The Classical Mythology of Milton's English Poems

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Page lxi - So dear to Heaven is saintly chastity That, when a soul is found sincerely so, A thousand liveried angels lackey her, Driving far off each thing of sin and guilt...
Page xv - The birds their quire apply ; airs, vernal airs, Breathing the smell of field and grove, attune The trembling leaves, while universal Pan, Knit with the Graces and the Hours in dance, Led on the eternal Spring.
Page lii - HENCE, loathed Melancholy, Of Cerberus and blackest Midnight born In Stygian cave forlorn, 'Mongst horrid shapes, and shrieks, and sights unholy ! Find out some uncouth cell Where brooding Darkness spreads his jealous wings...
Page xxv - Fairest of stars, last in the train of night, If better thou belong not to the dawn, Sure pledge of day, that crown'st the smiling morn With thy bright circlet, praise Him in thy sphere, While day arises, that sweet hour of prime.
Page lvi - And ever, against eating cares, Lap me in soft Lydian airs, Married to immortal verse, Such as the meeting soul may pierce, In notes with many a winding bout Of linked sweetness long drawn out 140 With wanton heed and giddy cunning, The melting voice through mazes running, Untwisting all the chains that tie The hidden soul of harmony ; That Orpheus...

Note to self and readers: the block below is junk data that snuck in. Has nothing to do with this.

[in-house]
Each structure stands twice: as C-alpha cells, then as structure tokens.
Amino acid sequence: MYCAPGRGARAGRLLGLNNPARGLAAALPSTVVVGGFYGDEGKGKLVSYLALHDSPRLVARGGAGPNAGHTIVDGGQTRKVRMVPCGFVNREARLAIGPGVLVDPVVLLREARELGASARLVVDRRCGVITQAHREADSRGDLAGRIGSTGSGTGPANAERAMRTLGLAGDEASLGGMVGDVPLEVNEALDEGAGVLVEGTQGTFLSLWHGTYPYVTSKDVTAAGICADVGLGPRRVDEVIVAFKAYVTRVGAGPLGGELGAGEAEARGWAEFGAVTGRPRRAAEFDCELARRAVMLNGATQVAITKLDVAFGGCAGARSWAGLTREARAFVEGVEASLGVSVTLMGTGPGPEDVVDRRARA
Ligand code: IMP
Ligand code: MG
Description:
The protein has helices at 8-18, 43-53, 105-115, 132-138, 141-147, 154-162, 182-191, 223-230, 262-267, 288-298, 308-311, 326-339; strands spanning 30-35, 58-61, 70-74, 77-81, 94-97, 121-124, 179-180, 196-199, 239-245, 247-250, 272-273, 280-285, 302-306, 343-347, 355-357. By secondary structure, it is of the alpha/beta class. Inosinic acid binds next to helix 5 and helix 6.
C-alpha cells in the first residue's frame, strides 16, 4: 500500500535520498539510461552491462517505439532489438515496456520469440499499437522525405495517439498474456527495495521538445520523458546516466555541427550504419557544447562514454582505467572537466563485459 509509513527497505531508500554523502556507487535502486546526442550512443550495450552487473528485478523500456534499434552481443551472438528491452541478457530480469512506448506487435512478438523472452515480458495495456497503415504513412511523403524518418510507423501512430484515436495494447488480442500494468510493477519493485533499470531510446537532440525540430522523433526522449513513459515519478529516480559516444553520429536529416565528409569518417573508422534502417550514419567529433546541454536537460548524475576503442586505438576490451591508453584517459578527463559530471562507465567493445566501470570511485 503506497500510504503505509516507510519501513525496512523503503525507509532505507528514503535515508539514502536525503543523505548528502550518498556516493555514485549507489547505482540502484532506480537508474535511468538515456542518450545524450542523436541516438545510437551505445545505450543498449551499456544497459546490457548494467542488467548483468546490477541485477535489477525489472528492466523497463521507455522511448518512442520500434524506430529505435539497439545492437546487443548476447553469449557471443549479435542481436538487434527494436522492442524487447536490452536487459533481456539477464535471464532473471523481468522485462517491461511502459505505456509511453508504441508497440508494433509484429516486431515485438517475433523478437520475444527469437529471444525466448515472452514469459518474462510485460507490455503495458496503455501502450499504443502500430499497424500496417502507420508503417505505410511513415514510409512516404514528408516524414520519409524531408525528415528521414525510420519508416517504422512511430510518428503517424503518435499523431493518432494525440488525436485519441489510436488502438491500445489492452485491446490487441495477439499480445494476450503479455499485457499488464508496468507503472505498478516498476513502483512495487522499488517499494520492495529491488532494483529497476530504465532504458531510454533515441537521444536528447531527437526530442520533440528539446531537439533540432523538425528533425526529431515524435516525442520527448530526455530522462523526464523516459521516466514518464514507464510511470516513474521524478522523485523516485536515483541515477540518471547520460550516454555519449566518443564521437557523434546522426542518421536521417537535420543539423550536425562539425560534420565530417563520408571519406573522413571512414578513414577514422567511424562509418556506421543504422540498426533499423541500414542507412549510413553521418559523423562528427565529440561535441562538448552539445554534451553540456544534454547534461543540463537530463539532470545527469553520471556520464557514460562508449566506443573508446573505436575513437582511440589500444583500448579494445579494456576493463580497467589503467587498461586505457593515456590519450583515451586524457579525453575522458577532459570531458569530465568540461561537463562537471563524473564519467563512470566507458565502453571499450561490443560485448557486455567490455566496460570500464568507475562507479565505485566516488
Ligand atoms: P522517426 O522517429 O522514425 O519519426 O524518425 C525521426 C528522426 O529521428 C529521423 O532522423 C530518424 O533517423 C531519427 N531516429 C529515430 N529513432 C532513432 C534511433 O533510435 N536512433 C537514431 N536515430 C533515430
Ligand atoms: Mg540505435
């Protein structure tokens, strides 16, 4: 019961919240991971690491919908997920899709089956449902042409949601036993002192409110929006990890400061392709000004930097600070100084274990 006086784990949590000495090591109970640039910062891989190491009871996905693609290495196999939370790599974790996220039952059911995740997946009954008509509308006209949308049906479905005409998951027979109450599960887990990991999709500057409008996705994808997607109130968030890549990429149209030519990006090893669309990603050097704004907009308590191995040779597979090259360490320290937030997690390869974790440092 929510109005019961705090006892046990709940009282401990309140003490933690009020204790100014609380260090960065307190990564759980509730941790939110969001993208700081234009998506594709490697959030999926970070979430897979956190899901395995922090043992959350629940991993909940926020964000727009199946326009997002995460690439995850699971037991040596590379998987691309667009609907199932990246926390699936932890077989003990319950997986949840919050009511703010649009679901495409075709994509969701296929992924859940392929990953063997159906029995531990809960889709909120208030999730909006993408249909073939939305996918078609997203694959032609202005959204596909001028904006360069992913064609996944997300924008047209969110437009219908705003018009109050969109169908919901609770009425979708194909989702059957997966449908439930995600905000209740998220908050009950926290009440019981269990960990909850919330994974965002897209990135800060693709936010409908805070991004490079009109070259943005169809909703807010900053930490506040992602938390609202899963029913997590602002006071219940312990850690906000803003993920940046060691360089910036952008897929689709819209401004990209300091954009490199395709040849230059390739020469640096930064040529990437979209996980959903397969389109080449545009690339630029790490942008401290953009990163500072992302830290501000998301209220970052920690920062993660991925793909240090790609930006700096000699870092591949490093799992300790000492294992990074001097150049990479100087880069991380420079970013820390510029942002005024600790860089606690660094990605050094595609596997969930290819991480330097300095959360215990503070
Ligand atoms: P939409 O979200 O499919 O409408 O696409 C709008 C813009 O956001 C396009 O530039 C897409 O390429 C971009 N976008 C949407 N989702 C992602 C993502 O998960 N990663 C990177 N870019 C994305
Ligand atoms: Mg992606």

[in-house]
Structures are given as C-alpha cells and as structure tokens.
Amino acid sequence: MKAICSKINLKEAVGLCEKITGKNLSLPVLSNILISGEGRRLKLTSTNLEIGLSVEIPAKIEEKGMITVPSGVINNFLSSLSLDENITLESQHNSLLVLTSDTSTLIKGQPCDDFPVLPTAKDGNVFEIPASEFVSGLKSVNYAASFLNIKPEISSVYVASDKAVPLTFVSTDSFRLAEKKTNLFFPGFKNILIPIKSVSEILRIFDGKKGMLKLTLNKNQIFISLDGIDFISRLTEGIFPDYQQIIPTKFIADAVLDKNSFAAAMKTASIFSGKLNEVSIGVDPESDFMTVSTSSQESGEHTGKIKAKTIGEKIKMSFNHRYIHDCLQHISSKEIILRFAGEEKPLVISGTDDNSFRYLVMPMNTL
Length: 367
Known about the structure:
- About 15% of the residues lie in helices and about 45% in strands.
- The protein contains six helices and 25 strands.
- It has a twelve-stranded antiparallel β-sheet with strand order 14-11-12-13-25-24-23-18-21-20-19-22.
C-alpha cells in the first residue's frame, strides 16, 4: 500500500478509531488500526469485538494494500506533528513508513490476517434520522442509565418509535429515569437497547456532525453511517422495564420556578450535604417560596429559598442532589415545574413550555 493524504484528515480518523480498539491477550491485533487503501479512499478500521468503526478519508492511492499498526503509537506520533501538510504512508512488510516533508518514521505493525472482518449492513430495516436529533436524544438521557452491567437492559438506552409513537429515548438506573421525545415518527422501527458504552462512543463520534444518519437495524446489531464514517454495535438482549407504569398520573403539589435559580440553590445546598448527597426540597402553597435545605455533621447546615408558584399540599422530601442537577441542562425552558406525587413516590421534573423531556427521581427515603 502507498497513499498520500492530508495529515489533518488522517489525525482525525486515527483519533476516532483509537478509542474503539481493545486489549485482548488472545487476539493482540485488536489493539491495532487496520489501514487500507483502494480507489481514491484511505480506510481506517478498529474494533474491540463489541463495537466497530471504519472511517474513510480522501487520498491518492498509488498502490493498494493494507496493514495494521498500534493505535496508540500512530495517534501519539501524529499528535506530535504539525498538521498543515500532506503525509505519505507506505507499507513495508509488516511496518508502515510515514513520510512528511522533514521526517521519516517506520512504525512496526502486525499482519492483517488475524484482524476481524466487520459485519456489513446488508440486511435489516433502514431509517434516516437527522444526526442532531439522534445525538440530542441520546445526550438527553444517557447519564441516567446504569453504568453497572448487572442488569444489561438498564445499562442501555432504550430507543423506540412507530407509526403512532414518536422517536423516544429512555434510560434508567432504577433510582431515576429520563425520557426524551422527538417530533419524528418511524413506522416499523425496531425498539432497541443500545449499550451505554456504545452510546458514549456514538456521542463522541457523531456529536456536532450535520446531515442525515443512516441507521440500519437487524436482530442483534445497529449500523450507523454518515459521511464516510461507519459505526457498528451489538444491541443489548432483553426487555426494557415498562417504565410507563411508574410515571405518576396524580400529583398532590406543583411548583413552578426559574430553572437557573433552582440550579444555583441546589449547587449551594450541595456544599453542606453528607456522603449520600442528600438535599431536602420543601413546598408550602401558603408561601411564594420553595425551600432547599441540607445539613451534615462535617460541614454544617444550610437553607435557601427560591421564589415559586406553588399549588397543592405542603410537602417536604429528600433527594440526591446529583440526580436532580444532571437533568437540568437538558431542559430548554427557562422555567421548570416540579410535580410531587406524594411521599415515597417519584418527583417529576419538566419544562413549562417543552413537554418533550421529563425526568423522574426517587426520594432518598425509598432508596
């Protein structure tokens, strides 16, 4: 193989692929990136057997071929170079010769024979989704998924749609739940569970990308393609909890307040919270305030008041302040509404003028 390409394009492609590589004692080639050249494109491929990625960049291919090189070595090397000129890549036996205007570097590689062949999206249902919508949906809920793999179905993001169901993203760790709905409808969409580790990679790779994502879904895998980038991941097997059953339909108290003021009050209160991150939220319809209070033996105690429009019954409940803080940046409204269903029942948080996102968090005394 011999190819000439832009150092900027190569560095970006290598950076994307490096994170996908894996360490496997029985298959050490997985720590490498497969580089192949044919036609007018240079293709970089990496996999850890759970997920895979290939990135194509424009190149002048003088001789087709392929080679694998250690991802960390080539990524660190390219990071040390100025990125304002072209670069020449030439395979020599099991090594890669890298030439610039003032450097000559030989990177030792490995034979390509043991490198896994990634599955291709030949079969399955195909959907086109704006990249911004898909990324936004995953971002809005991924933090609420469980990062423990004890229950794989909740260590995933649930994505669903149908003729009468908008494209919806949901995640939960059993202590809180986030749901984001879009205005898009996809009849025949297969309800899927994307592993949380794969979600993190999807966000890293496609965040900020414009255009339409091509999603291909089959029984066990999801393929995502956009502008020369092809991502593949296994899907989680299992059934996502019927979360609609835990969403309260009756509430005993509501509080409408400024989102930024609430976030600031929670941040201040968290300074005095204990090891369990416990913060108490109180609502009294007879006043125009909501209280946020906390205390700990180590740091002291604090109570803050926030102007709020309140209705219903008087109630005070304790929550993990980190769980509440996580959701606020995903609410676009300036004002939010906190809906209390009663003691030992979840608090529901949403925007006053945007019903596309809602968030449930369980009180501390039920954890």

Page lxxxii - For neither were ye playing on the steep Where your old bards, the famous Druids, lie, Nor on the shaggy top of Mona high, Nor yet where Deva spreads her wizard stream. Ay me! I fondly dream "Had ye been there," — for what could that have done?
Page lix - Hence, vain deluding Joys, The brood of Folly without father bred! How little you bested, Or fill the fixed mind with all your toys!
Page xxxix - The star that bids the shepherd fold Now the top of heaven doth hold ; And the gilded car of day His glowing axle doth allay In the steep Atlantic stream : And the slope sun his upward beam Shoots against the dusky pole, Pacing toward the other goal Of his chamber in the east.
Page xxxviii - Under the glassy, cool, translucent wave, In twisted braids of lilies knitting The loose train of thy amber-dropping hair; Listen for dear honour's sake, Goddess of the silver lake, Listen, and save. Listen, and appear to us, In name of great Oceanus; By the earth-shaking Neptune's mace, And Tethys' grave majestic pace; By hoary Nereus' wrinkled look, And the Carpathian wizard's hook; By scaly Triton's winding shell, And old sooth-saying Glaucus' spell; By Leucothea's lovely hands, And her son that...
Page xxxiii - Us thy vowed priests, till utmost end Of all thy dues be done, and none left out, Ere the blabbing eastern scout, The nice Morn on the Indian steep, From her cabined loophole peep, And to the telltale Sun descry Our concealed solemnity.

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